Hey, speaking of Cumberland Gap National Historical Park—check out this list of “America’s Undiscovered National Parks and Monuments” that popped up on MSN’s front page today. Cumberland Gap is the fourth one featured.
I’m not sure the Gap is as obscure as they’re making it out to be. The crowds aren’t anything like what you’ll run into in the Smokies or the Grand Canyon, but I don’t think I’ve ever had the view at the Pinnacle to myself, and the Visitor Center is always full enough. If they really wanted to feature some “undiscovered” parks, I can think of a lot of neglected battlefields that would’ve benefited from the attention.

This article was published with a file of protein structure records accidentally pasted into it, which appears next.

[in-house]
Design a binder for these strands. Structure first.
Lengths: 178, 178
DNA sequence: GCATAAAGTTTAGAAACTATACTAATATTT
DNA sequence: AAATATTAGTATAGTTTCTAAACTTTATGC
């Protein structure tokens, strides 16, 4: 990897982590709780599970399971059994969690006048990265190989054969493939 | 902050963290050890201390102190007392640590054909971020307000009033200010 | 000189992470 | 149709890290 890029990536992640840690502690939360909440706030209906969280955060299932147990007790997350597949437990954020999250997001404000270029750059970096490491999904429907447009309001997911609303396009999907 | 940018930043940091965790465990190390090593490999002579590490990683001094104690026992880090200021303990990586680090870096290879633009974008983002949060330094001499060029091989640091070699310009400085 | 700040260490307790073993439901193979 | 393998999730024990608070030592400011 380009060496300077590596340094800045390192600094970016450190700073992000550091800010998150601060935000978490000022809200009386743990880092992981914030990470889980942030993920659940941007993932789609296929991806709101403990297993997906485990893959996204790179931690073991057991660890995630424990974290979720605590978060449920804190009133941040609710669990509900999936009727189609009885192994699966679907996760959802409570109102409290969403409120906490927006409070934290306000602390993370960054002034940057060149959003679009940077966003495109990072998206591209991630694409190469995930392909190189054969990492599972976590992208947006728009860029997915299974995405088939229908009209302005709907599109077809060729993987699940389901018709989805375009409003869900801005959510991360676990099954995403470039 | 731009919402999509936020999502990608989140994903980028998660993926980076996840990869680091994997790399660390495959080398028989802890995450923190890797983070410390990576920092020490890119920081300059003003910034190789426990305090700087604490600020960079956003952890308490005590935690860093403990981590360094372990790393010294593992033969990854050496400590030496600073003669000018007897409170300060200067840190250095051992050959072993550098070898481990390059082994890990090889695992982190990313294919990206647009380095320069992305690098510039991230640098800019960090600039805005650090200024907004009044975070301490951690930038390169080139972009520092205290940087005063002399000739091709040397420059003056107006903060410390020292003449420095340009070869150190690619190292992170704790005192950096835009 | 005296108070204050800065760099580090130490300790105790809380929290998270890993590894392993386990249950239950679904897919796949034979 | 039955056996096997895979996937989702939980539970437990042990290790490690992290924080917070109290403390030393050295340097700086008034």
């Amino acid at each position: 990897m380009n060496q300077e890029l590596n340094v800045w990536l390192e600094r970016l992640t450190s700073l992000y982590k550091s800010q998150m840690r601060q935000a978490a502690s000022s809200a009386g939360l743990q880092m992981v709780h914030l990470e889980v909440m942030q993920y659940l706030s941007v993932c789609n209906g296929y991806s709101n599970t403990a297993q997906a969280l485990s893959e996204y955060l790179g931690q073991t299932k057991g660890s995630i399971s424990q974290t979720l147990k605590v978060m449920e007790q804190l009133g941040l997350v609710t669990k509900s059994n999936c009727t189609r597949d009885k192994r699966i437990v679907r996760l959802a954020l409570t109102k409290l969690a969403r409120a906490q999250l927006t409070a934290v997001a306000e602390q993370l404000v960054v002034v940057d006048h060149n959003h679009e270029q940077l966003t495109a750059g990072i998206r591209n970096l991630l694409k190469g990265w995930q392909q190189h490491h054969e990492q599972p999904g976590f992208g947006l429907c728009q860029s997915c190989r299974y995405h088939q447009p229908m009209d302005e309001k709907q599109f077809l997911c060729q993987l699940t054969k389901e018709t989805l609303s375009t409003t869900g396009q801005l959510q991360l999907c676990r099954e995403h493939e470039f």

As you browse through the list, note the emphasis on nature and scenery, rather than history. The Gap is one of the few “historical” parks that made the cut, and it’s just about the only item in the list where the description focuses as much on what happened there as on the ambience.
All this raises some interesting questions about the place of heritage tourism in travel writing.